Primary care providers are the foundation of the healthcare system. With the pandemic putting its future at risk, health plans can take 4 steps to address this challenge.
It’s been said that the coronavirus pandemic hasn’t created any new problems; it’s just escalated existing ones. This maxim seems especially true for primary care providers. Primary care practices have really struggled during the pandemic – at a time when their role has never been more important. Patient volumes are down by more than half, which makes it difficult for them to stay afloat in largely fee-for-service arrangements. But even under ordinary circumstances, independent practices tend to operate at an unsustainable net loss of 20 to 30 percent a year.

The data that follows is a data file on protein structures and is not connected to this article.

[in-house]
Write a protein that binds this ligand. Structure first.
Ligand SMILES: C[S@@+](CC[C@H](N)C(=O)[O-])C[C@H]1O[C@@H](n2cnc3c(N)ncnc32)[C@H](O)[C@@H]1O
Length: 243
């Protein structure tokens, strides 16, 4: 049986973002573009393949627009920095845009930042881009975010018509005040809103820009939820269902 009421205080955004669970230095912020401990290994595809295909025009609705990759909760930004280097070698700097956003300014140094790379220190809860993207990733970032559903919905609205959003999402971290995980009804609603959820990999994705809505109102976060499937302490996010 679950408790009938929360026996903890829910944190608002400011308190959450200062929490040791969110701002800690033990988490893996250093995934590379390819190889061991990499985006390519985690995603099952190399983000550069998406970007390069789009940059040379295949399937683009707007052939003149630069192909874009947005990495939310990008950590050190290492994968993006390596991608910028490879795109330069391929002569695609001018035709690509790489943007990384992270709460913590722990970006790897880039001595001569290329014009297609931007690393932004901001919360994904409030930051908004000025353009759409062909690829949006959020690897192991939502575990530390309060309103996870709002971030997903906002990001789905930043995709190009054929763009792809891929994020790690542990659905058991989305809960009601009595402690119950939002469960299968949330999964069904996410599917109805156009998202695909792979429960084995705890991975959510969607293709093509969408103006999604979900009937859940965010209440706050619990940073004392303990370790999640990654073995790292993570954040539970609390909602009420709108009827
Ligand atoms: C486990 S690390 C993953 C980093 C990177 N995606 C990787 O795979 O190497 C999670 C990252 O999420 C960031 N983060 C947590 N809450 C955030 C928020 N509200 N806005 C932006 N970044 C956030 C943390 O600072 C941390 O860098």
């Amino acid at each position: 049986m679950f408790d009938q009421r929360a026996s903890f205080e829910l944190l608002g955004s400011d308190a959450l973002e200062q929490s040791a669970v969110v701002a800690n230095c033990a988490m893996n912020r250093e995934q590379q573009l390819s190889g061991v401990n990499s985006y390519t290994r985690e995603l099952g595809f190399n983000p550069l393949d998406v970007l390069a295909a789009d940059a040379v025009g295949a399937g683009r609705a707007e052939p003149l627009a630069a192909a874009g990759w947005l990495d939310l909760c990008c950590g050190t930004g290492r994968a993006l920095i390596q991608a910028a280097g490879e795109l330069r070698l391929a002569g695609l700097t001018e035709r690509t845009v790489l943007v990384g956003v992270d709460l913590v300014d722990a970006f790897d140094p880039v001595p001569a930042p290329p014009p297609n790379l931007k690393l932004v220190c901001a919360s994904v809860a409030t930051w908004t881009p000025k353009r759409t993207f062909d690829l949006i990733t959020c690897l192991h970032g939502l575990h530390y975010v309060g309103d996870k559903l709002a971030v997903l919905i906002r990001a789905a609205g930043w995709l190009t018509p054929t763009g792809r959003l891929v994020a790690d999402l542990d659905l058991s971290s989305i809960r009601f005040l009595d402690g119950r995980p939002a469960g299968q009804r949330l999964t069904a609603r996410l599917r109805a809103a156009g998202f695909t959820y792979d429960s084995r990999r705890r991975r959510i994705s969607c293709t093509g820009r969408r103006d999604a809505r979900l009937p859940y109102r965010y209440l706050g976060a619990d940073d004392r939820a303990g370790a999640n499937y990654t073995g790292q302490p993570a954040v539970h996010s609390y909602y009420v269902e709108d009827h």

Primary care providers are the keyholders for our healthcare goals: improving the health of populations, enhancing the experience of care for individuals, increasing health equity and reducing the cost of healthcare. How can payers support primary care in a way that helps improve the clinician experience so they can better fulfill their role’s potential? Let’s explore the landscape around primary care, including how it has been impacted by COVID-19, how consolidation and other factors are affecting its future, and steps health plans are taking.
Role of Primary Care
Even before the novel coronavirus, Americans in an increasing number of “provider deserts” suffered from lack of reliable access to care. As a result, they experience some of the worst issues in our healthcare system: poor healthcare outcomes and increased healthcare costs due to complex conditions exacerbated by lack of management and overuse of emergency rooms. These vulnerable populations are more likely to experience adverse effects of COVID-19, and the difference comes down to primary care.